Ten Questions for Elizabeth Miki Brina

by Staff

This week’s installment of Ten Questions features Elizabeth Miki Brina, whose debut memoir, Speak, Okinawa, is out today from Knopf. As a child, Elizabeth Miki Brina held her mother at a distance. She was embarrassed by her mother’s accent, how conspicuous it felt in their predominantly white suburb in upstate New York. She did not yet understand the complexities of her parent’s relationship—her mother was born on U.S.-occupied Okinawa and met Brina’s father, a white American soldier, while working as a nightclub hostess. But as an adult, Brina begins to look at her parents with new eyes. She reexamines her memories, her family history, and the history of Okinawa itself. “I had not learned this history, my mother’s history, my history, until I was thirty-four years old,” she writes. “Which is to say that I grew up not knowing my mother or myself.” Speak, Okinawa is a virtuosic and unflinching search for clarity. “In exploring how one comes to be, Brina’s prose illuminates and dazzles—and we see, in the end, what was intangible made clear in her writing,” writes Bryan Washington. “Speak, Okinawa is indelible, and Brina’s words are unforgettable.” Elizabeth Miki Brina is the recipient of a Rona Jaffe–Bread Loaf Scholarship and a New York State Summer Writers Institute Scholarship. She lives and teaches in New Orleans.

Elizabeth Miki Brina, author of Speak, Okinawa.

1. How long did it take you to write Speak, Okinawa?
I started writing the essay that would eventually become the book in the summer of 2015. So, five years.

2. What was the most challenging thing about writing the book?
The most challenging thing about writing the book was deciding what personal details to share or not share, deciding what was mine or not mine to share, and knowing that these decisions would affect and alter the narrative, as well as the reader’s perception of and attitude toward the people being portrayed. This was a great deal of responsibility that I didn’t want to abuse. Kept me awake some nights.

3. Where, when, and how often do you write?
I write on my porch and backyard mostly, sometimes in my office when the weather gets too ugly. I typically write at night, though sometimes I sneak moments during the day. I have a solid writing session about twice a week.

4. What are you reading right now?
I’m reading A Manual for Cleaning Women, a short story collection by Lucia Berlin. It’s fantastic.

5. Which author, in your opinion, deserves wider recognition?
I’m not the most up to date or in tune when it comes to discovering new or underappreciated authors. Julie Otsuka wrote one of my favorite books, The Buddha in the Attic, which won the PEN/Faulkner Award, but I still think it should get more attention. Maybe it is. Maybe it will.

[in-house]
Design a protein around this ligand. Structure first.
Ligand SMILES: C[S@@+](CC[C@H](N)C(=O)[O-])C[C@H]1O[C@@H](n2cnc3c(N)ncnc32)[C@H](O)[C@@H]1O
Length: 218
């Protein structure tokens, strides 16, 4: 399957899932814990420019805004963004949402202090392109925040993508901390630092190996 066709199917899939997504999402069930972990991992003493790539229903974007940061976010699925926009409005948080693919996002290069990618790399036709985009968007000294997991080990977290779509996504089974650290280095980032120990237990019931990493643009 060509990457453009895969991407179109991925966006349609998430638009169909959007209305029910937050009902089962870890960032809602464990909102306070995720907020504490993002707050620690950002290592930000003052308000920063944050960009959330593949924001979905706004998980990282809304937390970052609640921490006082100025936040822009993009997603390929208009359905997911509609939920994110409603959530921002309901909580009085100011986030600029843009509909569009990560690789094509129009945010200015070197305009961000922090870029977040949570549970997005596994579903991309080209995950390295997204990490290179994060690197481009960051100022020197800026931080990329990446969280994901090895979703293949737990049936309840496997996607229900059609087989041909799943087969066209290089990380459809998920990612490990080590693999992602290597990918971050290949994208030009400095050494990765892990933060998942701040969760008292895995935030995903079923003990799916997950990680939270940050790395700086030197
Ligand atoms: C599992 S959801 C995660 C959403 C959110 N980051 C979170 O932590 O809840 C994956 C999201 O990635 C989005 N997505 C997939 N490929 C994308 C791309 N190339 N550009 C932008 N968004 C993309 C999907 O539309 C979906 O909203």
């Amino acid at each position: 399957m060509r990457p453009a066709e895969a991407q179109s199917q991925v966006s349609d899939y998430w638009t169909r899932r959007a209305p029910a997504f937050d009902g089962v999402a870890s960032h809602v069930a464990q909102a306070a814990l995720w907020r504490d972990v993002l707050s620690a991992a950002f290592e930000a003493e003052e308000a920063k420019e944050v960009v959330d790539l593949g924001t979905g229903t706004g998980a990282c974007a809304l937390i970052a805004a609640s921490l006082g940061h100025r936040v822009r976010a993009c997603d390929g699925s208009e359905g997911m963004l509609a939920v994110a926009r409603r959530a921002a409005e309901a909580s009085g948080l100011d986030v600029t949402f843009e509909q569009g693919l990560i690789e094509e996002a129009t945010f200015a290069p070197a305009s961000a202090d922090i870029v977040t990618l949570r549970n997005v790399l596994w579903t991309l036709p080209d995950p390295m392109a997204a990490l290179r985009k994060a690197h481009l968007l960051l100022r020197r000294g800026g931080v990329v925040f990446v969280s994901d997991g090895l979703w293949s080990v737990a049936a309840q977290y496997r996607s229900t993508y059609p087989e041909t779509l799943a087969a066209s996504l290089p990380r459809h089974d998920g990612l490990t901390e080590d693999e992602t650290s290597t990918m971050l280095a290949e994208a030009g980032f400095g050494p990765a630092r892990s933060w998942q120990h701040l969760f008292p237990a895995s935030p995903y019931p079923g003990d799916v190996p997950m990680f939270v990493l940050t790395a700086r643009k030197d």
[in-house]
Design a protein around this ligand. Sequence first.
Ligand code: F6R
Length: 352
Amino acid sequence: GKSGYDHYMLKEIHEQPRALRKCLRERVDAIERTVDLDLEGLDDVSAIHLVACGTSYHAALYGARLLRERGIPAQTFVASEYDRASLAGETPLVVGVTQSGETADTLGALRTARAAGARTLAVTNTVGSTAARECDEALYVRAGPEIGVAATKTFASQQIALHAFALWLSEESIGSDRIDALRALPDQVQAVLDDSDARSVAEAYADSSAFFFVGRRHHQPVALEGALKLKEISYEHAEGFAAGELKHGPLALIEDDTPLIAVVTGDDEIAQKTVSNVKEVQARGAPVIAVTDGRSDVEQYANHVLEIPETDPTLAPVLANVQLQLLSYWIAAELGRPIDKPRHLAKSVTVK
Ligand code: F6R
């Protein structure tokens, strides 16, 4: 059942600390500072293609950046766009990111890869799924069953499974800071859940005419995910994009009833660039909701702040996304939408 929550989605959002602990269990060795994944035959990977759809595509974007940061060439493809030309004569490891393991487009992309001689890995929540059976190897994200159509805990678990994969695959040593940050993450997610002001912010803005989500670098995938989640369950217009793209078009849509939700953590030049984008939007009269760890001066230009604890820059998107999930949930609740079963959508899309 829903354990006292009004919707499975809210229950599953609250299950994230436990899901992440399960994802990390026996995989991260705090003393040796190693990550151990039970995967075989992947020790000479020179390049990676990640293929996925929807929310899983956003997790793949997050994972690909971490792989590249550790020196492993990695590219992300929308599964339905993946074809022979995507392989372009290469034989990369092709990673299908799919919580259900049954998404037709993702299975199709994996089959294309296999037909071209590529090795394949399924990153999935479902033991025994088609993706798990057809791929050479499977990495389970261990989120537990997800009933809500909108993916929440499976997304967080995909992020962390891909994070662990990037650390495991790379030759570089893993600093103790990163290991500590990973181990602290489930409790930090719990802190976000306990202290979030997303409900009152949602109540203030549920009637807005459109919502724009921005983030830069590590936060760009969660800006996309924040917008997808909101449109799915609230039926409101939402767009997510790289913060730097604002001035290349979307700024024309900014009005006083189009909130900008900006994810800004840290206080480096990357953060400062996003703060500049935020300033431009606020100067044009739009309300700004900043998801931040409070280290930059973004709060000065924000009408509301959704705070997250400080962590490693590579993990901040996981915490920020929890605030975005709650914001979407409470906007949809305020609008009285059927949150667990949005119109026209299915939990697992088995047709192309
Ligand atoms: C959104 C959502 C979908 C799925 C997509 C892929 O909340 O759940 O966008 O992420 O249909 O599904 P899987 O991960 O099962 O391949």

6. Would you recommend writers pursue an MFA?
Yes. Absolutely. I learned so much from the workshop process: submitting drafts, reading drafts, receiving feedback, and trying to articulate what invites and moves or what falls flat on the page and why. Not to mention the camaraderie and lifelong connections. The MFA experience was invaluable to me.

7. What is one thing that your agent or editor told you during the process of publishing this book that stuck with you?
Both my agent and my editor have been incredibly encouraging and supportive. All of their continual reassurance and validation and faith in the importance of this story sticks with me.

8. What is one thing that surprised you during the writing of Speak, Okinawa?
I was surprised by how much I remembered, and how much my perspective of memories shifted as I was writing, rewriting, and revising. There were so many revelations I could only have reached through the process of putting memories on paper, seeing them reflected back at me, trying to view them objectively and find the precise words to describe them.

9. Who is your most trusted reader of your work and why?
Besides my editor at Knopf who is so brilliant and generous and thoughtful with how she reads, I have a couple close friends from my MFA program that I trust the most for different reasons. One of them praises and uplifts, but in a very pointed and concerted way, while asking more open-ended questions that make me feel safe and allow me to explore. Another friend scrutinizes and resists, a bit harshly for my thin skin, but that’s precisely what I need to toughen up and retort with something better.

10. What’s the best piece of writing advice you’ve ever heard?
There is a quote by Adrienne Rich that I always keep in mind: “You must write, and read, as if your life depended on it.” It helps me to write about the deeply personal, the private, to trust the reader with my secrets, to take risks and pursue high stakes.